Place ¼ of the cooked Swiss chard in the center of a white plate. Carefully spoon demi-glace around the chard.

Place one filet over each bunch of chard. With your hands place a small bunch of rosemary potatoes over each filet, trying to balance the potatoes on top of the filet. Garnish with a sprig of fresh rosemary if desired.

Serves four

Ahi Tuna:

3 ½ ounces fresh ahi tuna steak

2 tablespoons extra virgin olive oil

Zest of 1 lime, grated

Kosher salt, to taste

Cut the tuna into ¼-inch dice and place in a bowl with the olive oil, lime zes and salt.

Cucumber Tartare:

1 tablespoon fresh chopped cilantro

1 Persian cucumber (if not available, use any kind of fruit)

1 tablespoon minced red onion

Finely dice the cucumber, red onion and add the cilantro.

3. When the rice is cooked, place in a Hangiri (wooden round container) and add the prepared vinegar (recipe follows) and mix with a wooden spoon to blend thoroughly. Wait for 5 minutes.

4. Place the rice in a rice warmer to keep warm. (It is very important to keep the rice warm.)

Rice Vinegar

32 ounces Rice vinegar

8 ounces salt

12 ounces sugar

Mix with a hand blender until the salt and sugar are dissolved.

Mexican Sour Cream

1 cup Mexican sour cream

Freshly-ground black pepper

Coriander seed

Grind the black pepper and coriander seed and mix together.

Soy Sauce Gelée:

1 envelope unflavored gelatin

2 ounces soy sauce

Pour soy sauce into a bowl and sprinkle with the gelatin. Heat in a small saucepan of medium-high heat 3 minutes or until well blended and thoroughly heated. Chill 2 hours.

Assembling the Parfait: Place one quarter of the “merengue” in a parfait glass (or any glass) and top with Ahi Tuna. Add one quarter of the cucumber, one quarter of the gelee, one quarter of spiced Mexican sour cream—forming layers. Top with pork skin “sand” and sea beans

MexicoTRAVELER 2012 -2013 Collectors’ Edition 30
Angel Carbajal NickSan, Cabo San Lucas and Mexico City

Win a 4-day, 3-night


for two at Four Seasons’ Punta Mita SWEEPSTAKES

Your MexicoTRAVELER’s Sweepstakes Package Includes:

• Round-Trip AIR Transportation for two via AeroMexico from any destination in the U.S.

• 4-day, 3-night accommodation at Four Seasons’ Punta Mita

• A Round of Golf for two

• A car rental

Sweepstakes Rules: NO PURCHASE NECESSARY. Entries must be received by December 2012. Entrants must be a resident of the U.S. or Canada and 21 years of age or over as of date of entry. One entry per person. Not responsible for late, lost, postage due, illegible or misdirected mail. Mechanically reproduced entries not eligible. Entries must be on official entry form or on a 3x5 card with name, address, e-mail, daytime phone and age. Sweepstakes winner will be selected in a random drawing of all completed entries on or around February 2013 and contacted by MexicoTRAVELER® promotions department by phone or mail. One grand prize winner will be awarded a 4 day-3 night stay for two at Four Season’s Punta Mita. Two rounds of golf, a car rental upon arrival for the 4-day stay and two round-trip coach tickets from AeroMexico (from the U.S. to Mexico.) Employees of Traveler International, Inc., promotional partners and agencies and immediate family are not eligible. No cancellation or transfer of reservation to another date after reservation has been made. Income and all other taxes, if any, on prize are the sole responsibility of winner. Acceptance of prize constitutes consent to use winner’s name and likeness for editorial, advertising and publicity purposes. Winner and travel companion may be required to sign an Affidavit of Eligibility and Liability/ Publicity release, which must be returned ten days from date of notification or an alternate winner may be chosen. Entries become the property of Traveler Publications and will not be acknowledged or returned. Odds of winning depend on the number of eligible entries received. Subject to all federal, state and local laws and regulations. All expenses other than those mentioned above must be assumed by the winner; i.e. meals, taxes, gratuities, transportation and incidentals. The prize is non-transferable and must be redeemed between February 2013 and December 2013. No extensions will be granted. All reservations are subject to space availability and are restricted to off-holiday periods. Void where prohibited by law. Sponsors not responsible for damages, losses or injuries sustained as a result of acceptance use of any prize.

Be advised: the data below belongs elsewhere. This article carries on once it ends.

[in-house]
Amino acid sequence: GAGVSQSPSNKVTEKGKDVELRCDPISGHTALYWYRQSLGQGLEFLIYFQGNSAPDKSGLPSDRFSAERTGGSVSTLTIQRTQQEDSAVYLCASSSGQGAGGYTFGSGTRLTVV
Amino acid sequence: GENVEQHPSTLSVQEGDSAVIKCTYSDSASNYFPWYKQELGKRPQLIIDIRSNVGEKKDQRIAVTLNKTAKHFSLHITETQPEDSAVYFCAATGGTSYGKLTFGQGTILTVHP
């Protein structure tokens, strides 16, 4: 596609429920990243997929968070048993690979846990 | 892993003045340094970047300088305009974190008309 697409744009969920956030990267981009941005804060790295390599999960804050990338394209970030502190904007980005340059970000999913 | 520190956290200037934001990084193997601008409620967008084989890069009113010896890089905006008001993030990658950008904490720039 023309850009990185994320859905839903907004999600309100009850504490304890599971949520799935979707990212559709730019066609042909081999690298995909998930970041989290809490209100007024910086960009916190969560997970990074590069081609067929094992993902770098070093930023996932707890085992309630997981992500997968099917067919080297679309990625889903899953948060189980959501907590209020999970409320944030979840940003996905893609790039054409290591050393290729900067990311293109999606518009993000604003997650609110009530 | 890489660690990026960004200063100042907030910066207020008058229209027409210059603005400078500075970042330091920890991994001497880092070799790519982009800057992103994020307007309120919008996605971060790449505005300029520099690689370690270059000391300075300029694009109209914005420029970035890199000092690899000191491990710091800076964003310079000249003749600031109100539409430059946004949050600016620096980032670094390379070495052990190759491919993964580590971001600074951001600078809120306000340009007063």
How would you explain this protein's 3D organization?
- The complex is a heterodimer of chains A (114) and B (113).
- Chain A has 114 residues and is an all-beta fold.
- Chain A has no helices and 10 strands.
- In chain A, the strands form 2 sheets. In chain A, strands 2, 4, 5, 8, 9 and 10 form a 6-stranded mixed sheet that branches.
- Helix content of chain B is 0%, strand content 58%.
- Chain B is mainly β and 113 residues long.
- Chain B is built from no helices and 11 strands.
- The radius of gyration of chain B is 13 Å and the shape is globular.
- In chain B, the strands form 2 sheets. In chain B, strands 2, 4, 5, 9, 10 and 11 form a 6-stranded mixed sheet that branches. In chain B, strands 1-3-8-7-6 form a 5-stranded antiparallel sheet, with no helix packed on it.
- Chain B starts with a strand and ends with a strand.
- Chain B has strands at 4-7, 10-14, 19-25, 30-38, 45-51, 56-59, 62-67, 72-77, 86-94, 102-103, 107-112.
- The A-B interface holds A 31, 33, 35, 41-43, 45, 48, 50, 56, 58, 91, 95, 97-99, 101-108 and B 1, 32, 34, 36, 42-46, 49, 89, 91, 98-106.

MexicoTRAVELER 2012 -2013 Collectors’ Edition 32

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MexicoTRAVELER 2012-2013 Collectors’ Edition 33 MexicoTRAVELER® SWEEPSTAKES
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Celebrating the Maya…13 Fascinating Facts

This year has been declared the Year of the Maya, with numerous special events planned throughout Mexico, Central America and the world to celebrate Mayan culture and the end of its Long Count Calendar, which occurs on December 21, 2012. In the spirit of the celebration, and with a bow to the Mayan belief that 13 is a sacred number, let’s take a look:

1. Mayans conceived of time cyclically, as cycles that rise and fall. In Maya cosmology cyclical time ran concurrently with linear time.

2. The ancient Maya believed that their kings were embodiments of time.

3. Many Mayan children were named according to the day they were born. Each day had a specific name for both boys and girls.

4. The Mayas were masters of astronomy; they accurately tracked the sun, the moon and Venus.

5. The Maya used a number system based on 20, and they were the first in the world to use zero.